St. Maarten utilities GEBE will implement new tariff structure in August

POSTED: 06/17/11 2:15 PM

Managing director Brooks explains the fuel clause

St. Maarten – Utilities company GEBE will put its new tariff structure in place by August 1, managing director ir. William brooks said yesterday morning at a press conference at the company’s main office. The government gave GEBE approval for it ahead of a definite decision by year’s end on the condition that it only passes on the real cost of fuel in the fuel clause.

GEBE initiated the press conference because many consumers have been complaining lately about the lopsided proportion between the cost of electricity and the added fuel clause.

Commercial manager Steve Duzanson explained that in 2009, the company paid $330 for a ton of fuel. This year, that price has more than doubled to $760. Keeping pace with these fuel prices, the fuel clause on electricity bills jumped from 23 cents in 2009 to 56 cents this year.

“The infrastructure we work with dates back to 1960. My predecessors knew this; it is nothing new,” Brooks said. “It consists of a base price and a fuel clause, but in that clause we have a margin to cover operational expenses that are not covered by the base rate.”

In the new tariff structure this margin will disappear. The base rate will obviously be higher, but the added fuel clause will reflect the real price GEBE pays for its fuel.

“The base rate should cover the operational costs of our organization,” Brooks said. “In the new system we pass on the fuel cost one on one. If we pay $10 for fuel, the consumer will pay $10 as well.

To give an impression of the fluctuation in fuel costs the company has to cover, Brook said that GEBE paid 50 million guilders in 2006, 70 million in 2007, 100 million in 2008 (when prices spiked) and 75 million in 2009.

Brooks said that GEBE’s new concession is not clear about options for citizens to generate their own electricity, for instance by installing solar power. “There is no clause yet in the concession about solar energy,” he said. “I do not think that it is excluded, but it still has to be regulated.”

Some already locally installed solar systems have the GEBE-meter running backwards during moments when they produce more than their establishment requires. “I am not pointing any fingers,” Brooks commented, “but letting your meter run backwards is at this moment against the law.”

The managing director said that GEBE currently subsidizes electricity supply in the BES-islands that are now public entities of the Netherlands to the tune of 5 million guilders a year. “We are looking at a solution whereby the operational losses in Saba and Statia are paid by the Netherlands.”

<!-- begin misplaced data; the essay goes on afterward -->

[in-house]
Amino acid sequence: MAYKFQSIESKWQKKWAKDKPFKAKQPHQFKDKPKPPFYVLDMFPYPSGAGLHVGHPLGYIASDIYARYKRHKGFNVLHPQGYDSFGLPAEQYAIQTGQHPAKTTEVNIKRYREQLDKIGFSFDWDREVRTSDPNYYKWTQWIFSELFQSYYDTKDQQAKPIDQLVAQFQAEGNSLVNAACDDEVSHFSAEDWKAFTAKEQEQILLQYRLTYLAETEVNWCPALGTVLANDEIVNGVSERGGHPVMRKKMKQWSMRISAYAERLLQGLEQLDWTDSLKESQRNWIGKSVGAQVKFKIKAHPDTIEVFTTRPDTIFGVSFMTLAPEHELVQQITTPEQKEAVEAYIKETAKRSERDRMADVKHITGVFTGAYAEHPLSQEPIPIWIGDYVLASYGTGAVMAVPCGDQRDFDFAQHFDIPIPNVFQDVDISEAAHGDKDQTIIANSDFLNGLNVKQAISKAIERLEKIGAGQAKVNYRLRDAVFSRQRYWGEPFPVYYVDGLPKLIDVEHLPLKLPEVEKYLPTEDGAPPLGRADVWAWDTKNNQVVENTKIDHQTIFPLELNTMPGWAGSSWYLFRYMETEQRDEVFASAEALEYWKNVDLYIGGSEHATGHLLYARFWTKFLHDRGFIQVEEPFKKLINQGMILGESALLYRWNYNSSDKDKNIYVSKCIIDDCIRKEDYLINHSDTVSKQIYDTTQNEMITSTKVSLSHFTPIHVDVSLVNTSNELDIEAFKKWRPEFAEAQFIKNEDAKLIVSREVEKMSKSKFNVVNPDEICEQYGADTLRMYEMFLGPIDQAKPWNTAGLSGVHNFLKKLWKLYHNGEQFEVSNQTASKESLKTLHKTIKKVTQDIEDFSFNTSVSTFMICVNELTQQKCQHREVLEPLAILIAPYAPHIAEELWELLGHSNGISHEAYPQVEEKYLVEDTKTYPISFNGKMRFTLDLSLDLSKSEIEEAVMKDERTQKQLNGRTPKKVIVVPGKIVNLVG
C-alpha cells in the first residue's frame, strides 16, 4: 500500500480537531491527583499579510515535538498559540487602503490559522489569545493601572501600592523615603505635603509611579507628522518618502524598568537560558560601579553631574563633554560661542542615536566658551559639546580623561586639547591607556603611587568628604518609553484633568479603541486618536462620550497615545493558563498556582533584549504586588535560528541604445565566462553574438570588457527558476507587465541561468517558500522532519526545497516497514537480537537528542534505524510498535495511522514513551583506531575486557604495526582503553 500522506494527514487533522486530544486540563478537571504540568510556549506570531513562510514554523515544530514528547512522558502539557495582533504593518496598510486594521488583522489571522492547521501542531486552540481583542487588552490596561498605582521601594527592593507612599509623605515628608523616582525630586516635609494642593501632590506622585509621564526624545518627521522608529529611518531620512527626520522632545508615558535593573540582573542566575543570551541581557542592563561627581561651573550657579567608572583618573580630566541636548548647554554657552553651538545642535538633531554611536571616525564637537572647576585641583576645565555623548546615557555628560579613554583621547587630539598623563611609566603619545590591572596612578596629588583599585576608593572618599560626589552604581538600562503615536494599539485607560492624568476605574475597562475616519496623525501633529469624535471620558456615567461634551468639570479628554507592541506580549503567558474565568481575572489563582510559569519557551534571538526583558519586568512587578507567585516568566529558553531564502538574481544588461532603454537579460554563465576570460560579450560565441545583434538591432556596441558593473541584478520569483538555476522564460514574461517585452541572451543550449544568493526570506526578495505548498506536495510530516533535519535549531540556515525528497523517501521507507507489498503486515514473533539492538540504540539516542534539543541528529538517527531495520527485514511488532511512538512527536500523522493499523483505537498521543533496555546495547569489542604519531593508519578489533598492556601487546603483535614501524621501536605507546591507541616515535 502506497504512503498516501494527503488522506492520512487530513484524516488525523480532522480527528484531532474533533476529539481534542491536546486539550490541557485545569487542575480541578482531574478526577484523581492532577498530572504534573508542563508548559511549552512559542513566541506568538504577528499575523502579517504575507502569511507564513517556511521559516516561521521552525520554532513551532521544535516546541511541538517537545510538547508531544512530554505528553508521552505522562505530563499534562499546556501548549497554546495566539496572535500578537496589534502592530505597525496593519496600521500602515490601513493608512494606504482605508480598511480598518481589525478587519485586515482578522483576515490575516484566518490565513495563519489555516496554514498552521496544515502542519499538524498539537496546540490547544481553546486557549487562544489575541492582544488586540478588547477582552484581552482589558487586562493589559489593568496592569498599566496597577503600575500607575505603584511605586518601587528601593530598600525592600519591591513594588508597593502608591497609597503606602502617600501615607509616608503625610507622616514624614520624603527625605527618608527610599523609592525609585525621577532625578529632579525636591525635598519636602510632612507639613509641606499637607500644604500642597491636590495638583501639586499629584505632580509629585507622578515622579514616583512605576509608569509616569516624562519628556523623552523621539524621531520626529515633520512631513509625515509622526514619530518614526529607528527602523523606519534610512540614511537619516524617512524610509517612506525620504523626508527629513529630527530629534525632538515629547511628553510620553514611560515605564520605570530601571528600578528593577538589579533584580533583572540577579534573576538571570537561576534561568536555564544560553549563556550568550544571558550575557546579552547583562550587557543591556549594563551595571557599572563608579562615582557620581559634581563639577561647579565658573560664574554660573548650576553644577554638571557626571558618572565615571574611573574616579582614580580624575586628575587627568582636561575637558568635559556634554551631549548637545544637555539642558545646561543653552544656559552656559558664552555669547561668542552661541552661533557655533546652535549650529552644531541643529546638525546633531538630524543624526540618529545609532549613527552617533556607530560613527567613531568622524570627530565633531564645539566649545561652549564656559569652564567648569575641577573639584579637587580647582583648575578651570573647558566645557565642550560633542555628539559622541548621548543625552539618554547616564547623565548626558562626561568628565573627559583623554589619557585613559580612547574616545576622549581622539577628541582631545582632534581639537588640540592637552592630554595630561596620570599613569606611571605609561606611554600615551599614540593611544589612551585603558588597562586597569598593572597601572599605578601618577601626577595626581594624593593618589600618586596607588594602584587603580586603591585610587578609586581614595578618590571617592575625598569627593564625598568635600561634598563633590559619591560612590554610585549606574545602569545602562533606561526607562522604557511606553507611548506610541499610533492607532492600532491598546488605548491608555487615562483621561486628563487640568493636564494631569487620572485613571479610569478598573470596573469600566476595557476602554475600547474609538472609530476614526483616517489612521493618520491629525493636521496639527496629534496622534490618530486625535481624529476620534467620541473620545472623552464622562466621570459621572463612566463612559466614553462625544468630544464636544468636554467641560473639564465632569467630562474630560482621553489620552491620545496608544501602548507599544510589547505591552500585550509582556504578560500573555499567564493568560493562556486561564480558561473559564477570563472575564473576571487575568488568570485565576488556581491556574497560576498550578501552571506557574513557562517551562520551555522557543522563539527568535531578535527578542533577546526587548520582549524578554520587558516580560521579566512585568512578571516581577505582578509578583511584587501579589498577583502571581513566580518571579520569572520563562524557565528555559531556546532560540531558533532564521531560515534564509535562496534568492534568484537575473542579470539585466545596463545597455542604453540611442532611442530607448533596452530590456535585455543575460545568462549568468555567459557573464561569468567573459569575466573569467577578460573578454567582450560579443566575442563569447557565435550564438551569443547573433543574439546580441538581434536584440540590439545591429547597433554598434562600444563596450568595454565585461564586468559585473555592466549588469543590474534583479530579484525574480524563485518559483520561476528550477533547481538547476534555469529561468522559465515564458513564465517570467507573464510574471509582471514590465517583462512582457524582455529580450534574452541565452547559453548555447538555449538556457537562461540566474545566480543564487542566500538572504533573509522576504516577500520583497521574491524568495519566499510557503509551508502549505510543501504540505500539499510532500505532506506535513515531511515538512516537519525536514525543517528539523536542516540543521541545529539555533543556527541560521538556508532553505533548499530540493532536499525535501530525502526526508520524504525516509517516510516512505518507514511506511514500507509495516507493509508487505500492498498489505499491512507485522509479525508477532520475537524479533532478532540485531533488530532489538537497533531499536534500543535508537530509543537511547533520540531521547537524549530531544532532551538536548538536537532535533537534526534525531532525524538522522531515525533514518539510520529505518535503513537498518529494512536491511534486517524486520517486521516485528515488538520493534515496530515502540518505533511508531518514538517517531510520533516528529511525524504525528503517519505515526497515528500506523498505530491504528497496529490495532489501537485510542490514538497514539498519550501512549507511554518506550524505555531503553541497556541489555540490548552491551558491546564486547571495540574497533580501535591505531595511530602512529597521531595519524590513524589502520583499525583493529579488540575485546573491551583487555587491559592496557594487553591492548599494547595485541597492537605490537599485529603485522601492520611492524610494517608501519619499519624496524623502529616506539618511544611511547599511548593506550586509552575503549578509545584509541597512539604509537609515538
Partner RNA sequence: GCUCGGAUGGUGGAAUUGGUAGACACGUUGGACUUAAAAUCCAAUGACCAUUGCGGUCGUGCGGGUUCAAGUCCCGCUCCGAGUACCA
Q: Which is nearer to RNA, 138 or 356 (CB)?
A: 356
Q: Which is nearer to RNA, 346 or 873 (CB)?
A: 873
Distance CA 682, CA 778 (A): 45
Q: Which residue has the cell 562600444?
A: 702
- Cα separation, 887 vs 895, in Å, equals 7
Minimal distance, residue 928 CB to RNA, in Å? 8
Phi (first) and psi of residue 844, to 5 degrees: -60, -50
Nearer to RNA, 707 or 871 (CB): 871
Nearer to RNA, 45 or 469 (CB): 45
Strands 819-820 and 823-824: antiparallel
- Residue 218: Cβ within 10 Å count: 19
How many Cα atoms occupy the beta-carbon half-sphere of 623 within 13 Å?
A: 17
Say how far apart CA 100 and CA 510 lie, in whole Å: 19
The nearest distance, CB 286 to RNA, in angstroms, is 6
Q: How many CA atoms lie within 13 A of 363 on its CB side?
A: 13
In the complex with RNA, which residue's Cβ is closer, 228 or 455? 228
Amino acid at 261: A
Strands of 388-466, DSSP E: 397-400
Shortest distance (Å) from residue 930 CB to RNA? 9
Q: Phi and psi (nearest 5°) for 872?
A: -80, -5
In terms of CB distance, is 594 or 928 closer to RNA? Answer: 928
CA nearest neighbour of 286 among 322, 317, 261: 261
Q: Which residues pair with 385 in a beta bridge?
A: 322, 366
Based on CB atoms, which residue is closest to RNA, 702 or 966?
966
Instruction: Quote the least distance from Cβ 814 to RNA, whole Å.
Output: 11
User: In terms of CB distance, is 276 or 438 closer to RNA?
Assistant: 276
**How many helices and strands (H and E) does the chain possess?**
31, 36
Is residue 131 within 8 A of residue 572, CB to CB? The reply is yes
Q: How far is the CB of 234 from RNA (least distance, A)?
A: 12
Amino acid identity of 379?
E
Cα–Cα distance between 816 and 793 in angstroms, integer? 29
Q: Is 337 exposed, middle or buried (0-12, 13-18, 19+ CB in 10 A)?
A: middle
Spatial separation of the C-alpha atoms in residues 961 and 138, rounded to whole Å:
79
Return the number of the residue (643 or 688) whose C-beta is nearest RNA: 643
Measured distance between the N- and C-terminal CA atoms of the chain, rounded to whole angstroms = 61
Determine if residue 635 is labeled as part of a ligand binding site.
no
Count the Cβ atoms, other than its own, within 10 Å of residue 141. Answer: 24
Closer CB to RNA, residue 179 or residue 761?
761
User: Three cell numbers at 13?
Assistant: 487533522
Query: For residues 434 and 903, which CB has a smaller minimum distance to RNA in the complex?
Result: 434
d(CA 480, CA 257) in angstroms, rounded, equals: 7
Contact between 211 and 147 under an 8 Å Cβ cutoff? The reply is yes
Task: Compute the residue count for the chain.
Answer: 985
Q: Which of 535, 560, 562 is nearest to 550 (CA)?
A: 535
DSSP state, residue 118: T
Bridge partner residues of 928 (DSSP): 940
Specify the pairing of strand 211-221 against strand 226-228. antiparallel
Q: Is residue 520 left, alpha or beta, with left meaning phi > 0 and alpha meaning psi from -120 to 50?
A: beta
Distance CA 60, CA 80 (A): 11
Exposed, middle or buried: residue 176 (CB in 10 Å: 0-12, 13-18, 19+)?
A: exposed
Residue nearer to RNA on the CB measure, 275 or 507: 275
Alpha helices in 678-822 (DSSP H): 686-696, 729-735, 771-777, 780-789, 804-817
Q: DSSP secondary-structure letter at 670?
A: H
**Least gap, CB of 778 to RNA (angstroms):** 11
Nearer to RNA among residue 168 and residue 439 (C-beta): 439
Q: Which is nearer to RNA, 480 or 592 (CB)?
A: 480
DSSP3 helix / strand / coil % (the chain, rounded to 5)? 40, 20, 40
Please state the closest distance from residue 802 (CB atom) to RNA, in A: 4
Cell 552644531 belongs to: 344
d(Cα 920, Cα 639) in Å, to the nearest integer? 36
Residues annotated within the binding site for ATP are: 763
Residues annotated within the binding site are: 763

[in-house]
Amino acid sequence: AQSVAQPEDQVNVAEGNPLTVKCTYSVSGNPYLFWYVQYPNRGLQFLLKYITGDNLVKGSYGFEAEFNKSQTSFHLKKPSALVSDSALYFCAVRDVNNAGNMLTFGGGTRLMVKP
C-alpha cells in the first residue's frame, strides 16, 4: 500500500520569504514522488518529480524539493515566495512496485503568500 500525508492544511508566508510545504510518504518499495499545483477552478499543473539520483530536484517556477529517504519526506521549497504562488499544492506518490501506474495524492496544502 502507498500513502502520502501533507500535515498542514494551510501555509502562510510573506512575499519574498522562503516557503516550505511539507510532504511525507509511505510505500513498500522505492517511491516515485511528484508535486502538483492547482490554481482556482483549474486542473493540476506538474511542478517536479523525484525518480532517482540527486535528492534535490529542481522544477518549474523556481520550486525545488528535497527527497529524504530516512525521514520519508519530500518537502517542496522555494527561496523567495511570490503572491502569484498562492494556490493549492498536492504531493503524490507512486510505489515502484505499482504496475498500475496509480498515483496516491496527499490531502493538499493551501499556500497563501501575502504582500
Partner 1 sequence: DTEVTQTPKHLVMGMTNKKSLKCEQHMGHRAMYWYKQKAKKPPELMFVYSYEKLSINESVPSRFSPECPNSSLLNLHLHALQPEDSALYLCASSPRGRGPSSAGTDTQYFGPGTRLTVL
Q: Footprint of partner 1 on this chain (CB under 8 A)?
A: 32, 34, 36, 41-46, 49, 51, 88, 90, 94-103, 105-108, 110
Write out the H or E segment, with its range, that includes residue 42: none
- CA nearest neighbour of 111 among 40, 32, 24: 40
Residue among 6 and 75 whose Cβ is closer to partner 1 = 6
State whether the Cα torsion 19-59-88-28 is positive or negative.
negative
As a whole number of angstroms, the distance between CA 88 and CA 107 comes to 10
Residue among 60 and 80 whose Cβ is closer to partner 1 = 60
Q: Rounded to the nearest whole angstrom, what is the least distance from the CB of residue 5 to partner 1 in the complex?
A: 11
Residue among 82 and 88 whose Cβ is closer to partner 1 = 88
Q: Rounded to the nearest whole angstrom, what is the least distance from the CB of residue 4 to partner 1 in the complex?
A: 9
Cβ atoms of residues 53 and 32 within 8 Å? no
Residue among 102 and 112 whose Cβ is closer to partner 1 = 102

GEBE’s water distribution network came under fire recently because the water losses on the system are around 35 percent. “We are currently performing leak detection tests to locate and fix leaks,” Brooks said.

In 2007 water losses amounted to around 25 percent, but in the past couple of years the percentage has shot up.

“That did not happen because brooks started working for GEBE,” Brooks joked. I did not go around punching holes in those lines. The truth is that the pipes the company used in the past were not the best choice. They are deteriorating and they start bursting at the seams. Now we use seamless pipes and we do not have that problem anymore, but it will obviously take time to bring the whole network up to par. If we repair a leak today, tomorrow another one could erupt hundred meters further down, and it is not possible to open up the whole island and replace the complete network in one go.”

Brooks said that Aruba claims water losses on its network of just 3 percent. “That is very low. We think we’ll be able to bring it down to between 10 and 15 percent.”

On another note, GEBE established a task force two weeks ago that is busy checking all electricity meters to get a grip on electricity theft. “We know there is theft, and when we discover this, we deal with it immediately.”

In the future GEBE wants to start using equipment for remote meter monitoring through its fiber optic network. “That will enable us to read meters from a central location, to connect and disconnect, and also to see when someone is tampering with the meter, brooks said, adding that options for the installation of prepaid meters are under consideration..


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